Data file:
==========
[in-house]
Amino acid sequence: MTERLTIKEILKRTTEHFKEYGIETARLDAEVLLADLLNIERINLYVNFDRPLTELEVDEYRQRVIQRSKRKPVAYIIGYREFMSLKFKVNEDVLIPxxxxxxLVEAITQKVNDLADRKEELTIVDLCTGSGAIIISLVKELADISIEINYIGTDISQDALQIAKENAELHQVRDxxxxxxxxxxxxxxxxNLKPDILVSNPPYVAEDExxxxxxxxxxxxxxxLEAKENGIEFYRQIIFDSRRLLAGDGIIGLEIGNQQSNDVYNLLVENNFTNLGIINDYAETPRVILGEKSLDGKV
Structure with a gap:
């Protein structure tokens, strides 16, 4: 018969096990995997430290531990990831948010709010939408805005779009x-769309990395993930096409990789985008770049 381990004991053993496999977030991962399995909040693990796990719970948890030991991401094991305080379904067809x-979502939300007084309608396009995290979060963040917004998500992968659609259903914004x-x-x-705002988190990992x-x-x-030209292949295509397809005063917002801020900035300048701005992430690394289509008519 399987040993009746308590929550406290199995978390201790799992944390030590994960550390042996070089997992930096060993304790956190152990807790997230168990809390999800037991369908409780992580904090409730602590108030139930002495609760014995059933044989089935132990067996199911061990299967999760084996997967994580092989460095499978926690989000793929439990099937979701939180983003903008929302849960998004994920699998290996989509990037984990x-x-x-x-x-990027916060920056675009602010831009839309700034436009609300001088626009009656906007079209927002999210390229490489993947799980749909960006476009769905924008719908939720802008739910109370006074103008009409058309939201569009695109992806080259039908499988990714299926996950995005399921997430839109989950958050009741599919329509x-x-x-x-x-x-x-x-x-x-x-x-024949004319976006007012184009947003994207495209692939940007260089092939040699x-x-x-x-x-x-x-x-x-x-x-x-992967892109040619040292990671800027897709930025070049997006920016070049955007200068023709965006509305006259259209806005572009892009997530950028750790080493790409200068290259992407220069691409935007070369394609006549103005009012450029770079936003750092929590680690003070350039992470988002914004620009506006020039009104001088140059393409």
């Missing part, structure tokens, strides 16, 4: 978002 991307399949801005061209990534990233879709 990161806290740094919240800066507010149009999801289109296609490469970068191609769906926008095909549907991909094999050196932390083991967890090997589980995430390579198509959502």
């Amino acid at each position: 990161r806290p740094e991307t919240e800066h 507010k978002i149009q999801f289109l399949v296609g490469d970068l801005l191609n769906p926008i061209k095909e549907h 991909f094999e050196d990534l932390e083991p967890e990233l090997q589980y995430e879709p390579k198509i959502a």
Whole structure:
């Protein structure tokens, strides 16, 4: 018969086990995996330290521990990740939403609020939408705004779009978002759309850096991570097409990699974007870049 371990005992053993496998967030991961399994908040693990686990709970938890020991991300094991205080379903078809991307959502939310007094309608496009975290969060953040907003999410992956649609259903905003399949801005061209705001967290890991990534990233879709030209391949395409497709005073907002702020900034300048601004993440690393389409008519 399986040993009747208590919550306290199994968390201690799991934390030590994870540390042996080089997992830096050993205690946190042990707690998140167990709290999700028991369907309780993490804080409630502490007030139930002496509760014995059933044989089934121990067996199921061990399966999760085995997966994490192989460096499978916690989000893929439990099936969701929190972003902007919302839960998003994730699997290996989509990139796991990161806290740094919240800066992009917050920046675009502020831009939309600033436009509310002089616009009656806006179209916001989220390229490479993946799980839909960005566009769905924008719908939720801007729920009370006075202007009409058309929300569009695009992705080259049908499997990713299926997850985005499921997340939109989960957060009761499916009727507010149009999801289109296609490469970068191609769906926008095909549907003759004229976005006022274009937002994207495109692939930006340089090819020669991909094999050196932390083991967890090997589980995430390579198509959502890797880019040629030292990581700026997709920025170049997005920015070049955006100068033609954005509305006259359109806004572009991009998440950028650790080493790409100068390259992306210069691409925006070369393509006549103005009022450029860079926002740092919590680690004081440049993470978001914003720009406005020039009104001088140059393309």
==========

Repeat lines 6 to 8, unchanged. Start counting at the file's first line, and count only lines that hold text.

């Amino acid at each position: 990161r806290p740094e991307t919240e800066h 507010k978002i149009q999801f289109l399949v296609g490469d970068l801005l191609n769906p926008i061209k095909e549907h 991909f094999e050196d990534l932390e083991p967890e990233l090997q589980y995430e879709p390579k198509i959502a």
Whole structure:
């Protein structure tokens, strides 16, 4: 018969086990995996330290521990990740939403609020939408705004779009978002759309850096991570097409990699974007870049 371990005992053993496998967030991961399994908040693990686990709970938890020991991300094991205080379903078809991307959502939310007094309608496009975290969060953040907003999410992956649609259903905003399949801005061209705001967290890991990534990233879709030209391949395409497709005073907002702020900034300048601004993440690393389409008519 399986040993009747208590919550306290199994968390201690799991934390030590994870540390042996080089997992830096050993205690946190042990707690998140167990709290999700028991369907309780993490804080409630502490007030139930002496509760014995059933044989089934121990067996199921061990399966999760085995997966994490192989460096499978916690989000893929439990099936969701929190972003902007919302839960998003994730699997290996989509990139796991990161806290740094919240800066992009917050920046675009502020831009939309600033436009509310002089616009009656806006179209916001989220390229490479993946799980839909960005566009769905924008719908939720801007729920009370006075202007009409058309929300569009695009992705080259049908499997990713299926997850985005499921997340939109989960957060009761499916009727507010149009999801289109296609490469970068191609769906926008095909549907003759004229976005006022274009937002994207495109692939930006340089090819020669991909094999050196932390083991967890090997589980995430390579198509959502890797880019040629030292990581700026997709920025170049997005920015070049955006100068033609954005509305006259359109806004572009991009998440950028650790080493790409100068390259992306210069691409925006070369393509006549103005009022450029860079926002740092919590680690004081440049993470978001914003720009406005020039009104001088140059393309």